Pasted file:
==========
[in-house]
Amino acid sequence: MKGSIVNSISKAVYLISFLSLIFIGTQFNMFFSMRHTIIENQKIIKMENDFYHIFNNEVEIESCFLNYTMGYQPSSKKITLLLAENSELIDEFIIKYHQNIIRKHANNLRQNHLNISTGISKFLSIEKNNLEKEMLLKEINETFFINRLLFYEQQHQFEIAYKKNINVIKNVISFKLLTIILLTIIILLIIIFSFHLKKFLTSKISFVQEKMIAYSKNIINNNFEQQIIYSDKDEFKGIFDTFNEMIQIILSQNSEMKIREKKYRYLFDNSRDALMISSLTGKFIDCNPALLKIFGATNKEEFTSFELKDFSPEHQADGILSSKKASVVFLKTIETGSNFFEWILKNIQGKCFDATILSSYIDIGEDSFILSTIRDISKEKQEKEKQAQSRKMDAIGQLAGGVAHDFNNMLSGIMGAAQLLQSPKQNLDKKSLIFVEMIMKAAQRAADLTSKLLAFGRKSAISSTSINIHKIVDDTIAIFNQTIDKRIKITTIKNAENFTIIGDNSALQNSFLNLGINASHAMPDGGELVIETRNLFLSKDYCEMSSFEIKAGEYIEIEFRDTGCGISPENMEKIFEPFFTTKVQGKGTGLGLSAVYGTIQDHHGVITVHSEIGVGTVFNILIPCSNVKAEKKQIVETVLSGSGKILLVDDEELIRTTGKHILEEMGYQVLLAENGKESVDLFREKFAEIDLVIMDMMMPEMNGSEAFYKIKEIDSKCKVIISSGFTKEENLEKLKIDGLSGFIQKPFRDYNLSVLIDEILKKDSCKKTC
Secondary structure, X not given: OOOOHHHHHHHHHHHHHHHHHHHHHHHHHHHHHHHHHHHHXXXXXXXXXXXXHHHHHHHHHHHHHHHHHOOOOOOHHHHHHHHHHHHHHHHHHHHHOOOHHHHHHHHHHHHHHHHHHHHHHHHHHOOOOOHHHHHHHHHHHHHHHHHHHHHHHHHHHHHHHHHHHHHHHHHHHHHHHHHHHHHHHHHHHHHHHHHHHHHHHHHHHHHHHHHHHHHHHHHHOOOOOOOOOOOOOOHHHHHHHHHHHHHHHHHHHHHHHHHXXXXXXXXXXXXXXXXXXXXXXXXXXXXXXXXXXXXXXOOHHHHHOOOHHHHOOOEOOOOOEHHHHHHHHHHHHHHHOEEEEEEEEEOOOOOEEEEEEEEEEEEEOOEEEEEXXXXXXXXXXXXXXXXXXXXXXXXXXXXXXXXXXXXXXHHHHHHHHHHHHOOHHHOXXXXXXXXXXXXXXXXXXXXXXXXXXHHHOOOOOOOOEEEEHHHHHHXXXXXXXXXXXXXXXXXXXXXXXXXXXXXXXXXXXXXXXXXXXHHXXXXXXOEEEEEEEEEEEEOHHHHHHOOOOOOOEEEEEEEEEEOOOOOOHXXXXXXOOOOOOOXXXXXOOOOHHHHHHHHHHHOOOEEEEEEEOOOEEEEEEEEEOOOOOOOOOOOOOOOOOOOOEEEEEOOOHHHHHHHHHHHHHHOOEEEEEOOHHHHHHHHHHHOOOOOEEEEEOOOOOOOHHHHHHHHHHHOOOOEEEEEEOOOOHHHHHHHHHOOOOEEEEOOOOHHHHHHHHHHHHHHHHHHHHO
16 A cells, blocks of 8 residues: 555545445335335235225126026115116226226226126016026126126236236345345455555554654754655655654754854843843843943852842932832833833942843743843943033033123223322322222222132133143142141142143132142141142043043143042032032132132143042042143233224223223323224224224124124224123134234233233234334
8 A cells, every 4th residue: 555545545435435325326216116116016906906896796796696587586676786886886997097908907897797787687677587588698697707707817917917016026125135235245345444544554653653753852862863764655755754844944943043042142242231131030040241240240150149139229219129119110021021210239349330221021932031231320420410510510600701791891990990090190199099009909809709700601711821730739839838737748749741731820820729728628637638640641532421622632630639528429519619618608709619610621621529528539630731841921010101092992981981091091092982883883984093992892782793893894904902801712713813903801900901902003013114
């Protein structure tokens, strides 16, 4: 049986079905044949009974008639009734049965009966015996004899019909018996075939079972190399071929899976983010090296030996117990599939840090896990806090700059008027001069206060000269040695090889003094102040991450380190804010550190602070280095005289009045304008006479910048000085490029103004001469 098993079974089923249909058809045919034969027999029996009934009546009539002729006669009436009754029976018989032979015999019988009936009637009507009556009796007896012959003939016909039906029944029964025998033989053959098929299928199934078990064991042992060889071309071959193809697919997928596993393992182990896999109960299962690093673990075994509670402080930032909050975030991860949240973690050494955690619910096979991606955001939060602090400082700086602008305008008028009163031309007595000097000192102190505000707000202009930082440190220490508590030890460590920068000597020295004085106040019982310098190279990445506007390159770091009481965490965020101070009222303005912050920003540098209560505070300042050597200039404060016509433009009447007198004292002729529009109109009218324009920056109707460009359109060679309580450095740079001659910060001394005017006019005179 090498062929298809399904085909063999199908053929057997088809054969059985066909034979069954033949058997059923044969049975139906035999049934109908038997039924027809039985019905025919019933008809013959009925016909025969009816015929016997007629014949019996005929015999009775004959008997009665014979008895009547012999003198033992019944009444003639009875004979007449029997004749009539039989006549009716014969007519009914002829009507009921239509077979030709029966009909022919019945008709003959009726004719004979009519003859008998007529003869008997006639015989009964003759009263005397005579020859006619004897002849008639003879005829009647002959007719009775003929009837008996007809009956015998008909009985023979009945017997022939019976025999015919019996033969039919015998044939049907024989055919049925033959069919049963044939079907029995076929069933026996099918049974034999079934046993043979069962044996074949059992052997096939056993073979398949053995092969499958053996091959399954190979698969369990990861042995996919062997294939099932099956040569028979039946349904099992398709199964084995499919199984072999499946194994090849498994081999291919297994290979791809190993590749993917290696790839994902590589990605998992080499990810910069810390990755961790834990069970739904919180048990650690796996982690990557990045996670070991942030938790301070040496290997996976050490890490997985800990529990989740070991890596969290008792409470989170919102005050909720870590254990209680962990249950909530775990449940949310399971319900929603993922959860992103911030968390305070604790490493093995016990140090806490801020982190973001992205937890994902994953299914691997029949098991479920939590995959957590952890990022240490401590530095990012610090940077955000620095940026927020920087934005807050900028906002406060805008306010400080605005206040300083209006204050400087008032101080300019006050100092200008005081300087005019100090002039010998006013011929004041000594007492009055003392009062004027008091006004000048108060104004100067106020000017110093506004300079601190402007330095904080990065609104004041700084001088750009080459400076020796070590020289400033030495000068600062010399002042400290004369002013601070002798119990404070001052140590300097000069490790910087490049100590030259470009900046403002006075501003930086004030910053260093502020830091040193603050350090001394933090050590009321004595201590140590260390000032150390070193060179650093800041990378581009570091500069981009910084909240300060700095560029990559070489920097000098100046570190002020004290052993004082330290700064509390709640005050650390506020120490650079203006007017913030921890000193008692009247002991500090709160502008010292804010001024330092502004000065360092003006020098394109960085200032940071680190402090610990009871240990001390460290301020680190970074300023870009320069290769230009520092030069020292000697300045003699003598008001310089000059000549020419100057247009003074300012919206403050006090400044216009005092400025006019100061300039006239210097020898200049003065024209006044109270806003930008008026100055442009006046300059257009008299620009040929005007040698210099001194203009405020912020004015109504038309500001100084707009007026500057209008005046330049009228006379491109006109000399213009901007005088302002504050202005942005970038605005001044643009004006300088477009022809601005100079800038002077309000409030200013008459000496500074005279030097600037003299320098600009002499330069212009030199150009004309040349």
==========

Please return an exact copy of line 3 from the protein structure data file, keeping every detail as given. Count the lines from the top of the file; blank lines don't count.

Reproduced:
Secondary structure, X not given: OOOOHHHHHHHHHHHHHHHHHHHHHHHHHHHHHHHHHHHHXXXXXXXXXXXXHHHHHHHHHHHHHHHHHOOOOOOHHHHHHHHHHHHHHHHHHHHHOOOHHHHHHHHHHHHHHHHHHHHHHHHHHOOOOOHHHHHHHHHHHHHHHHHHHHHHHHHHHHHHHHHHHHHHHHHHHHHHHHHHHHHHHHHHHHHHHHHHHHHHHHHHHHHHHHHHHHHHHHHHOOOOOOOOOOOOOOHHHHHHHHHHHHHHHHHHHHHHHHHXXXXXXXXXXXXXXXXXXXXXXXXXXXXXXXXXXXXXXOOHHHHHOOOHHHHOOOEOOOOOEHHHHHHHHHHHHHHHOEEEEEEEEEOOOOOEEEEEEEEEEEEEOOEEEEEXXXXXXXXXXXXXXXXXXXXXXXXXXXXXXXXXXXXXXHHHHHHHHHHHHOOHHHOXXXXXXXXXXXXXXXXXXXXXXXXXXHHHOOOOOOOOEEEEHHHHHHXXXXXXXXXXXXXXXXXXXXXXXXXXXXXXXXXXXXXXXXXXXHHXXXXXXOEEEEEEEEEEEEOHHHHHHOOOOOOOEEEEEEEEEEOOOOOOHXXXXXXOOOOOOOXXXXXOOOOHHHHHHHHHHHOOOEEEEEEEOOOEEEEEEEEEOOOOOOOOOOOOOOOOOOOOEEEEEOOOHHHHHHHHHHHHHHOOEEEEEOOHHHHHHHHHHHOOOOOEEEEEOOOOOOOHHHHHHHHHHHOOOOEEEEEEOOOOHHHHHHHHHOOOOEEEEOOOOHHHHHHHHHHHHHHHHHHHHO